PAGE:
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Design for Meaning: Rethinking Design’s Ideation Prompts

Twitter has become a cesspool of abuse and harassment. Facebook has become a pushy aggregator of algorithm-driven advertising and fake news. Yet recent redesign efforts by both companies have managed to avoid the elephants in the room. For example, Twitter recently released a redesign that consisted of having “refined our typography” and shiny round profile icons. The redesign was met with scorn for not having addressed the harassment, misogyny, and racism that are now synonymous with the platform.

Along a similar vein, there are Facebook’s “how might we” statements for their recent news feed redesign. Many designers are familiar with “how might we” statements as a way of driving ideation and helping us imagine new possibilities. Facebook’s news feed “how might we’s” consisted of statements such as “how might we make the news feed more engaging and immersive?”

This is the law of triviality at work. It is rearranging deck chairs on the Titanic. Or worse, designing the equivalent of a better bomb.

As designers, we are missing the big picture. We focus on details such as microinteractions, typography and icons, without thinking about the outcome we are trying to achieve — just look at the iPhone X. This focus on craft alone not only negates our potential impact, it tarnishes our reputation as agents of change. We need to think beyond the direct engagement with the products we design, and focus on the consequences of our work.

So what’s a designer to do? Before we ask ‘how might we’, we need to get to ‘why’.

Is to…. So that

We need to allow ourselves and our colleagues to think about outcomes: What do you want your design to do after it’s out of your hands? The statement that I’ve now started using to get to that rationale and impact is what we call at Artefact “…Is to… So that”.

It goes something like this:

The purpose of [the design work that I am doing] is to [the design goal that you are trying to achieve] so that [the outcome that you want happens] …so that [the impact you want to make more broadly].

When we translate the Facebook prompts into this structure, it is suddenly harder to remain blind to the outcome (or lack thereof) of your work:

The purpose of 
[redesigning the Facebook news feed]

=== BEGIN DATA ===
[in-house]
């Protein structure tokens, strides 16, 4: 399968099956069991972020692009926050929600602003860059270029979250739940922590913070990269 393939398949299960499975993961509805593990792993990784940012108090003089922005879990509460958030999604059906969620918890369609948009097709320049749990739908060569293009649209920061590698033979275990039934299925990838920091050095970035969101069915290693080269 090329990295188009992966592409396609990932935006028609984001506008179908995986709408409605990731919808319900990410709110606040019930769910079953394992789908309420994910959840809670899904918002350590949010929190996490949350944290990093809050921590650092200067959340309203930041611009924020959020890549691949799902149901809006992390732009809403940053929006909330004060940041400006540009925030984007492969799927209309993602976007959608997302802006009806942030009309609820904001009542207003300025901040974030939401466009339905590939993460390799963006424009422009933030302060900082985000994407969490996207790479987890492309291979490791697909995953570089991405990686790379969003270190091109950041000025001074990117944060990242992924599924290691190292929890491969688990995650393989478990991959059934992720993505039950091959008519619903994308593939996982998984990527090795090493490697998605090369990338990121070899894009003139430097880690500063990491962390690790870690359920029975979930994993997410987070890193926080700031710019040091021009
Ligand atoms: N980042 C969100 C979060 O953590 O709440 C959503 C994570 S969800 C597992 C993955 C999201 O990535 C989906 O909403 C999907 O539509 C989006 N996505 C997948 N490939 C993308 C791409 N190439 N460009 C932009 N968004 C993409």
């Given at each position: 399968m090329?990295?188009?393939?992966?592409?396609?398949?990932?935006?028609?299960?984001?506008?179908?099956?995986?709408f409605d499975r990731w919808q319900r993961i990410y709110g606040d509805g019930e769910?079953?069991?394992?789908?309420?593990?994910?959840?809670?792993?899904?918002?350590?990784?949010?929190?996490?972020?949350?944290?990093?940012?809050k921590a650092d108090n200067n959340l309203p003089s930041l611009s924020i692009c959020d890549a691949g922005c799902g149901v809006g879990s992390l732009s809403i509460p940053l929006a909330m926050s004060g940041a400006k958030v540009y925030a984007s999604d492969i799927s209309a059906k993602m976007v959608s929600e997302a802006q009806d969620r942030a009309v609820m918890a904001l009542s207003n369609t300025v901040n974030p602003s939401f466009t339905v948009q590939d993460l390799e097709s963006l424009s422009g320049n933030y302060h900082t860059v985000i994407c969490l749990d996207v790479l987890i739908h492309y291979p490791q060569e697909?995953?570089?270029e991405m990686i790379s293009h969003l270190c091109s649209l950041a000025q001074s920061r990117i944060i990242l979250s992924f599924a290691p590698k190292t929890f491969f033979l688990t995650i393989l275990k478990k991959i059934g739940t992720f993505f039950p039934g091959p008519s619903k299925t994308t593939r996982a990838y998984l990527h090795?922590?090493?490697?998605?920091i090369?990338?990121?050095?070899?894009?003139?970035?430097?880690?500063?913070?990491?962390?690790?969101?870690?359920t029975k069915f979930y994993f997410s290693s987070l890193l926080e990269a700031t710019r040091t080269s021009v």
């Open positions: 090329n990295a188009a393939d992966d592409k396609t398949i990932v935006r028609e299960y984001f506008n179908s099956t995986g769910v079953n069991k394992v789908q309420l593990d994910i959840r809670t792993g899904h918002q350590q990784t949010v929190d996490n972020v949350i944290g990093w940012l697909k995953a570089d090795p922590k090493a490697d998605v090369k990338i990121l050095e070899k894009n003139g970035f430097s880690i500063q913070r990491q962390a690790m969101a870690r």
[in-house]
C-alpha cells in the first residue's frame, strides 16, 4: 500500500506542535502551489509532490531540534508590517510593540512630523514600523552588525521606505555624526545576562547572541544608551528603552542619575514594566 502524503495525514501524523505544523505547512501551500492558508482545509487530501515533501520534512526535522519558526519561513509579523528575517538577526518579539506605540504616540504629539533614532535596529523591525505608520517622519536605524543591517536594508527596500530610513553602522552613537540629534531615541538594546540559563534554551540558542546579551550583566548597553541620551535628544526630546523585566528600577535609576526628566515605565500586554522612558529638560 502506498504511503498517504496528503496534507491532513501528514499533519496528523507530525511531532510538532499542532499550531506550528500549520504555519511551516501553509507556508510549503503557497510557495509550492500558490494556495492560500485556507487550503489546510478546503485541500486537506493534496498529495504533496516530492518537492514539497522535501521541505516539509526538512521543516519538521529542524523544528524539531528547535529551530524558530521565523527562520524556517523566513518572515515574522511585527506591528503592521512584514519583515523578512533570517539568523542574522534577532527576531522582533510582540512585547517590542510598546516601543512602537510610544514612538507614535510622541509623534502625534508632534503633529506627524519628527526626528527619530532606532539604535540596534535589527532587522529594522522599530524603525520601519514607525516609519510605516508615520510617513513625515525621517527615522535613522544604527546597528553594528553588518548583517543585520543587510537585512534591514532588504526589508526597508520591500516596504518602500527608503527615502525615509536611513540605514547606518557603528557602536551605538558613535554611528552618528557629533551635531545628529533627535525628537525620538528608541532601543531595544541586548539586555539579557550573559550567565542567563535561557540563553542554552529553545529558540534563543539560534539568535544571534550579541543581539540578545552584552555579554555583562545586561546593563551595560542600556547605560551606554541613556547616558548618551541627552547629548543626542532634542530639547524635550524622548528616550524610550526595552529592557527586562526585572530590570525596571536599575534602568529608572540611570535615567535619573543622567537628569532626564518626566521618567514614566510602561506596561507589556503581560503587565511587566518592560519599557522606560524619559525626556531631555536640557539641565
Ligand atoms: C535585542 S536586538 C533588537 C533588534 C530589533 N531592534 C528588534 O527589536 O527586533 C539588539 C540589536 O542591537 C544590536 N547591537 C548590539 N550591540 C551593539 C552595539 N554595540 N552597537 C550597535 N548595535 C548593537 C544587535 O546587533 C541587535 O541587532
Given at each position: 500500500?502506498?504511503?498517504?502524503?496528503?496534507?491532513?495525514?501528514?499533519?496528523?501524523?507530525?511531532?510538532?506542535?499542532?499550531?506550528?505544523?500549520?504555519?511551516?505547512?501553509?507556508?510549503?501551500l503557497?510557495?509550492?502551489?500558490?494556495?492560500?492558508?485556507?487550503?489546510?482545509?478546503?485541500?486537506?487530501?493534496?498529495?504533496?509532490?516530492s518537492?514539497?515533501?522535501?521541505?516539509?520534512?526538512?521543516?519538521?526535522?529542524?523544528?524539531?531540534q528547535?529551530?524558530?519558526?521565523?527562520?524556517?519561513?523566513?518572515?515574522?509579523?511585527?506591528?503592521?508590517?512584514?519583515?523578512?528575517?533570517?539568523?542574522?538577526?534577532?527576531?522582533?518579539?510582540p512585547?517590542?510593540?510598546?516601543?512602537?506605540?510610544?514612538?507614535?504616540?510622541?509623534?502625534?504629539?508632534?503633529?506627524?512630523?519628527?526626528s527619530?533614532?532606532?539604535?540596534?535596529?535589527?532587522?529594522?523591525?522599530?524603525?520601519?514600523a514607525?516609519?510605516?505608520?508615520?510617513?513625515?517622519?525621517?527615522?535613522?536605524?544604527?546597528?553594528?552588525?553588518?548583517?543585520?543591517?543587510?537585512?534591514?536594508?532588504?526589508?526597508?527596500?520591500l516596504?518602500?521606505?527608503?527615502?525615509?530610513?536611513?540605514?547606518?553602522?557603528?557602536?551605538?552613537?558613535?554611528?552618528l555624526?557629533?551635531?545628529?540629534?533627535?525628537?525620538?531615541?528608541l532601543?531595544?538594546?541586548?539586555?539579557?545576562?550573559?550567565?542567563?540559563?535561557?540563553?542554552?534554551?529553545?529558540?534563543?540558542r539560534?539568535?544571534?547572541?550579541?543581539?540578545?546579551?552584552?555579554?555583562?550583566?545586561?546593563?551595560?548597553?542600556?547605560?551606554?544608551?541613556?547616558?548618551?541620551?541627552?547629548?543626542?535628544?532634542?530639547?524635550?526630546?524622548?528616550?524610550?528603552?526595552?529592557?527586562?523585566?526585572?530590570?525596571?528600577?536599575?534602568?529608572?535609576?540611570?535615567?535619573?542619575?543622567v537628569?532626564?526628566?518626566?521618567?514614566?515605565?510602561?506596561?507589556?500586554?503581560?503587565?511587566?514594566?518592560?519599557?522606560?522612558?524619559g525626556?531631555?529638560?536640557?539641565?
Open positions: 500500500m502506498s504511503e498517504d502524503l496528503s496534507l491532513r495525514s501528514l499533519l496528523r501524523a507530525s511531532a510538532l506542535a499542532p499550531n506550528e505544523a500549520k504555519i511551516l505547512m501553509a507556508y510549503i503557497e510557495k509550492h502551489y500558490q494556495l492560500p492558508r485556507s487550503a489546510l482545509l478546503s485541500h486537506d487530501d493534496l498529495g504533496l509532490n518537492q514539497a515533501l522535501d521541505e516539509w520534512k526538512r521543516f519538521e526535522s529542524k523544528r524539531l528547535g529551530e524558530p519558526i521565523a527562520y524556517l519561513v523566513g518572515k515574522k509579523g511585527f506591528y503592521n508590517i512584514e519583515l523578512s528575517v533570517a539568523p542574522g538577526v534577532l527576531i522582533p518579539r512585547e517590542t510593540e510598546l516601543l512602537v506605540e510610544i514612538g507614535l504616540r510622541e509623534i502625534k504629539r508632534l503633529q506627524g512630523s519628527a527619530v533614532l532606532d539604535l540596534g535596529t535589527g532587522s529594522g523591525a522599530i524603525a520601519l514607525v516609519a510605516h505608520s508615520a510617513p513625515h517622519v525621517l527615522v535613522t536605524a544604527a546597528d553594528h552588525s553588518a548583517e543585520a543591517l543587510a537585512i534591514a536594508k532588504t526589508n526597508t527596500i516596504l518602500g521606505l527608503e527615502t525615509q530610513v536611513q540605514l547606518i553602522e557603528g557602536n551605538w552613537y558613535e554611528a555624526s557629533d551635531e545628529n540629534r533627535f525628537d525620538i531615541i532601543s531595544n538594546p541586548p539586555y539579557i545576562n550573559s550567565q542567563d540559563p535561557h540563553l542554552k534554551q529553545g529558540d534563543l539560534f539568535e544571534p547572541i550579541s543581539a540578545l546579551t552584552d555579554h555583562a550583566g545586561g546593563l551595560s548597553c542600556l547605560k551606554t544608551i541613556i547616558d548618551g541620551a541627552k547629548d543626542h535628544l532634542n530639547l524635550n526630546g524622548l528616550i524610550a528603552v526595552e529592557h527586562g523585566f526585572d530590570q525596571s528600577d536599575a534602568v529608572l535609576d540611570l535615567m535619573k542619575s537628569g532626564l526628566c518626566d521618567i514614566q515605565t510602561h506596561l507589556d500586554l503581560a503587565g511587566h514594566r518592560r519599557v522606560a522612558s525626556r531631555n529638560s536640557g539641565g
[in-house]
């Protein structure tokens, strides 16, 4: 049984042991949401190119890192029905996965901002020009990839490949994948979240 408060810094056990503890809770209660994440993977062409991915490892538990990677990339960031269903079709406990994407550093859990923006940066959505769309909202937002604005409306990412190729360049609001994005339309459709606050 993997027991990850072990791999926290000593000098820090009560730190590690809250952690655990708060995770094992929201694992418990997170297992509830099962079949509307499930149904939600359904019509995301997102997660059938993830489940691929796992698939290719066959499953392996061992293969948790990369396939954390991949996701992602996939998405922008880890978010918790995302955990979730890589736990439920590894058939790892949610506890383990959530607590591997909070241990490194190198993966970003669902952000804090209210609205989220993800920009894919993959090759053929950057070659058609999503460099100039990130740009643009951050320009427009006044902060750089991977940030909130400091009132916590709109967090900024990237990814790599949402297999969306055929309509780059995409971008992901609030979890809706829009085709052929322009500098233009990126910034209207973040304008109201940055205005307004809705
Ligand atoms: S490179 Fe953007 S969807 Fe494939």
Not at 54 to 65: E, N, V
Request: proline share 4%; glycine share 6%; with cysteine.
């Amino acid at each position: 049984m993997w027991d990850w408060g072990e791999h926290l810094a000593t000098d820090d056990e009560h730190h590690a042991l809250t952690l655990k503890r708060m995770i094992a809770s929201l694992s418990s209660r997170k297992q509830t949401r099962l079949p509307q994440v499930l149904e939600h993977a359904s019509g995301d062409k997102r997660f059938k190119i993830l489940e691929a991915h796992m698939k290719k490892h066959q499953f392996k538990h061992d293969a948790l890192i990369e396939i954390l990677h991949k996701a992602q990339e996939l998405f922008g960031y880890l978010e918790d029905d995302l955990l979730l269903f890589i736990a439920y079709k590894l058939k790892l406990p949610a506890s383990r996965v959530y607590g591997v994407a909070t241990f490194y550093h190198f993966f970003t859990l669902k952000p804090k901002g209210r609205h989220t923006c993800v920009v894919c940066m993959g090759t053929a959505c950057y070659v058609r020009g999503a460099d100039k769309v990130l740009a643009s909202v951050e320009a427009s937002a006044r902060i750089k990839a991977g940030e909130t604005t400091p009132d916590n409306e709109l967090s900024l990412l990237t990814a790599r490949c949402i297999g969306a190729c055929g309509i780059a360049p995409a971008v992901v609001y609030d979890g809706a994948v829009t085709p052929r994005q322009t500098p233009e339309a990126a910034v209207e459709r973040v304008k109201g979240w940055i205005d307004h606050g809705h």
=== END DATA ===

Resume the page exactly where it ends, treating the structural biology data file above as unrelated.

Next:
is to 
[make it more immersive and engaging]
so that 
[people spend more time on the platform]
so that 
[Facebook can collect more data on its users and make more advertising money.]

Is that the impact you want as a designer? For people to see more ads?

Now let’s step back and think about outcomes first.

Outcome: Reduction of fake news and unreliable news sources on Facebook.

Outcome: People don’t feel like they are wasting time on Facebook.

Outcome: People find interactions on Facebook to be meaningful.

Now our “Is to… so that” statement will look somewhat different:

The purpose of 
[redesigning the Facebook news feed]
is to 
[prioritize distinction of news feed content]
so that 
[people can avoid unreliable news sources, and distinguish more personal content]
so that 
[communities and society are well and factually informed].

What’s interesting, is that allowing the distinction between news feed content was actually one of the Facebook news feed team’s “how might we” statements: “How might we improve News Feed to be easier to read and distinguish key areas of content?” The problem is that their way of addressing this question was to “make the News Feed stories easier to read by improving visual hierarchy, increasing type size and color contrast.”

And this is why first identifying the outcomes through asking “Is to… so that” is so critical: it gives you the lens through which you can better define your ideation. If your desired outcome is to help people avoid or understand unreliable news sources, your ideation will look much different from simple “color contrast.” The end result may still involve typography and color, but these decisions will be in the function of the larger outcome. The tools we have at our disposal may not change, but our impact will.

Design is such a self-important profession. Our egos have been stoked by the fact that we operate at the elusive intersection of creativity and pragmatism. We have become the translators between technology and human need and emotion. What we have to remember is that designers bear moral responsibility for their design decisions, even when they have negative consequences.

We can either continue to focus on only the craft of design, exemplified by lovely design execution and an emphasis on engagement, or we can evolve. The purpose of [not just focusing on craft and engagement] is to [empower designers] so that [we can solve complex interconnected problems that need to be solved].

Which would you rather focus on?